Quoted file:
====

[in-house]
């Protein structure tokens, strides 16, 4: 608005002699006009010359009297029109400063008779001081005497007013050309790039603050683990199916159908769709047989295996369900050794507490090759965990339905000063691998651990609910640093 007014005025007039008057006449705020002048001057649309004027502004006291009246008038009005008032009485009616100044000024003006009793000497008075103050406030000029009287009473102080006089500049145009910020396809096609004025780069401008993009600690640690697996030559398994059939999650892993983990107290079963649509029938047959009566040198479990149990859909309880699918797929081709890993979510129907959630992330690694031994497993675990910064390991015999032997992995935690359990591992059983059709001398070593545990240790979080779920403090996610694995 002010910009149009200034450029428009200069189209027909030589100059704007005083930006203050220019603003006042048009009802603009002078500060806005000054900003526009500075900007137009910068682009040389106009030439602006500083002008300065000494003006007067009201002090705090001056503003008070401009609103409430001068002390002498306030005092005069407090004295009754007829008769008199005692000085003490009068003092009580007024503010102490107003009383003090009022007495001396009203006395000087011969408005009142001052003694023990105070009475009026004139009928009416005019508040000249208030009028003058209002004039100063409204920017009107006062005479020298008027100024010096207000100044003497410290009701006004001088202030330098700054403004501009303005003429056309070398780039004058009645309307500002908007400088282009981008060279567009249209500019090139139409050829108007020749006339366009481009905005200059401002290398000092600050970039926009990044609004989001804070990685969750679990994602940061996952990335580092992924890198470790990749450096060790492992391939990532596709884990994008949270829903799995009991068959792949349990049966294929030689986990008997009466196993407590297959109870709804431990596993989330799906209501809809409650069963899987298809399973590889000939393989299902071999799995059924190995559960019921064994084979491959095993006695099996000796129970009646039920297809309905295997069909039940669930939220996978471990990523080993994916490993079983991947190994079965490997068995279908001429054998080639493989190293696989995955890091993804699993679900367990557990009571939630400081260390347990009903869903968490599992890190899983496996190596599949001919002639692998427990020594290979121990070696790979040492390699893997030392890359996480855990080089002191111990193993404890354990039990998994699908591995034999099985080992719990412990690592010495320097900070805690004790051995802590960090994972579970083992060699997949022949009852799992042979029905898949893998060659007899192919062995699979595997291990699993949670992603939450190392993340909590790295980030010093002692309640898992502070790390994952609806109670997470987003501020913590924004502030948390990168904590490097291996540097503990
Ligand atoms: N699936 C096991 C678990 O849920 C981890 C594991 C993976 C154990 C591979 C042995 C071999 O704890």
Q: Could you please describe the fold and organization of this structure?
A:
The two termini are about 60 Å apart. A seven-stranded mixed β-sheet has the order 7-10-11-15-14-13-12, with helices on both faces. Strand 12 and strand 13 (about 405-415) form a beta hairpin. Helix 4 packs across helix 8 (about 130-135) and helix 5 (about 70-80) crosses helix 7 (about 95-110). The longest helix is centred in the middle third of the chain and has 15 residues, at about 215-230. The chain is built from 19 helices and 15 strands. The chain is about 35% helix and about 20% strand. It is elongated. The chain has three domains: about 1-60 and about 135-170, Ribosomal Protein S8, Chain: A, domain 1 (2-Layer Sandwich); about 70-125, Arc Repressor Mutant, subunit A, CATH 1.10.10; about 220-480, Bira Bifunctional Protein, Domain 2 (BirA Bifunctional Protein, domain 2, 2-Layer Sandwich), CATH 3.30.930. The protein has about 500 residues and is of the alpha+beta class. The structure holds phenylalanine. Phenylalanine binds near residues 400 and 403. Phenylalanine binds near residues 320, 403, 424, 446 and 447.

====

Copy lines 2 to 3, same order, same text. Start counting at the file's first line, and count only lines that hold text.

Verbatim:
């Protein structure tokens, strides 16, 4: 608005002699006009010359009297029109400063008779001081005497007013050309790039603050683990199916159908769709047989295996369900050794507490090759965990339905000063691998651990609910640093 007014005025007039008057006449705020002048001057649309004027502004006291009246008038009005008032009485009616100044000024003006009793000497008075103050406030000029009287009473102080006089500049145009910020396809096609004025780069401008993009600690640690697996030559398994059939999650892993983990107290079963649509029938047959009566040198479990149990859909309880699918797929081709890993979510129907959630992330690694031994497993675990910064390991015999032997992995935690359990591992059983059709001398070593545990240790979080779920403090996610694995 002010910009149009200034450029428009200069189209027909030589100059704007005083930006203050220019603003006042048009009802603009002078500060806005000054900003526009500075900007137009910068682009040389106009030439602006500083002008300065000494003006007067009201002090705090001056503003008070401009609103409430001068002390002498306030005092005069407090004295009754007829008769008199005692000085003490009068003092009580007024503010102490107003009383003090009022007495001396009203006395000087011969408005009142001052003694023990105070009475009026004139009928009416005019508040000249208030009028003058209002004039100063409204920017009107006062005479020298008027100024010096207000100044003497410290009701006004001088202030330098700054403004501009303005003429056309070398780039004058009645309307500002908007400088282009981008060279567009249209500019090139139409050829108007020749006339366009481009905005200059401002290398000092600050970039926009990044609004989001804070990685969750679990994602940061996952990335580092992924890198470790990749450096060790492992391939990532596709884990994008949270829903799995009991068959792949349990049966294929030689986990008997009466196993407590297959109870709804431990596993989330799906209501809809409650069963899987298809399973590889000939393989299902071999799995059924190995559960019921064994084979491959095993006695099996000796129970009646039920297809309905295997069909039940669930939220996978471990990523080993994916490993079983991947190994079965490997068995279908001429054998080639493989190293696989995955890091993804699993679900367990557990009571939630400081260390347990009903869903968490599992890190899983496996190596599949001919002639692998427990020594290979121990070696790979040492390699893997030392890359996480855990080089002191111990193993404890354990039990998994699908591995034999099985080992719990412990690592010495320097900070805690004790051995802590960090994972579970083992060699997949022949009852799992042979029905898949893998060659007899192919062995699979595997291990699993949670992603939450190392993340909590790295980030010093002692309640898992502070790390994952609806109670997470987003501020913590924004502030948390990168904590490097291996540097503990
Ligand atoms: N699936 C096991 C678990 O849920 C981890 C594991 C993976 C154990 C591979 C042995 C071999 O704890």